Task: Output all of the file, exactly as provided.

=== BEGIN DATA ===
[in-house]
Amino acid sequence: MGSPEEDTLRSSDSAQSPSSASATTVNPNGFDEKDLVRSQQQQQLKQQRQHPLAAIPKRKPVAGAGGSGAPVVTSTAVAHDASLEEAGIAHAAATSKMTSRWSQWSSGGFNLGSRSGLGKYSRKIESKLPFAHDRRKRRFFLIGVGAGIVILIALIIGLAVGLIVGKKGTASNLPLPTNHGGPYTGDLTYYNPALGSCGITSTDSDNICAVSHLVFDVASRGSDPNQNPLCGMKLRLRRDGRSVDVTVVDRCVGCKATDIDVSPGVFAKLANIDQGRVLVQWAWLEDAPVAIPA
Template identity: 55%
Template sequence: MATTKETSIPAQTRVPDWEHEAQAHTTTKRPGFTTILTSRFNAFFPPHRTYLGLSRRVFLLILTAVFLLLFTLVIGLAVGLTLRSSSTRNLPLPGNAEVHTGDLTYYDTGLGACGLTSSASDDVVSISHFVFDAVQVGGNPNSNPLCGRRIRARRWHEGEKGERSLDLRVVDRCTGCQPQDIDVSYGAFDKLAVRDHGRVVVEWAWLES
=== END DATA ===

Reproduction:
[in-house]
Amino acid sequence: MGSPEEDTLRSSDSAQSPSSASATTVNPNGFDEKDLVRSQQQQQLKQQRQHPLAAIPKRKPVAGAGGSGAPVVTSTAVAHDASLEEAGIAHAAATSKMTSRWSQWSSGGFNLGSRSGLGKYSRKIESKLPFAHDRRKRRFFLIGVGAGIVILIALIIGLAVGLIVGKKGTASNLPLPTNHGGPYTGDLTYYNPALGSCGITSTDSDNICAVSHLVFDVASRGSDPNQNPLCGMKLRLRRDGRSVDVTVVDRCVGCKATDIDVSPGVFAKLANIDQGRVLVQWAWLEDAPVAIPA
Template identity: 55%
Template sequence: MATTKETSIPAQTRVPDWEHEAQAHTTTKRPGFTTILTSRFNAFFPPHRTYLGLSRRVFLLILTAVFLLLFTLVIGLAVGLTLRSSSTRNLPLPGNAEVHTGDLTYYDTGLGACGLTSSASDDVVSISHFVFDAVQVGGNPNSNPLCGRRIRARRWHEGEKGERSLDLRVVDRCTGCQPQDIDVSYGAFDKLAVRDHGRVVVEWAWLES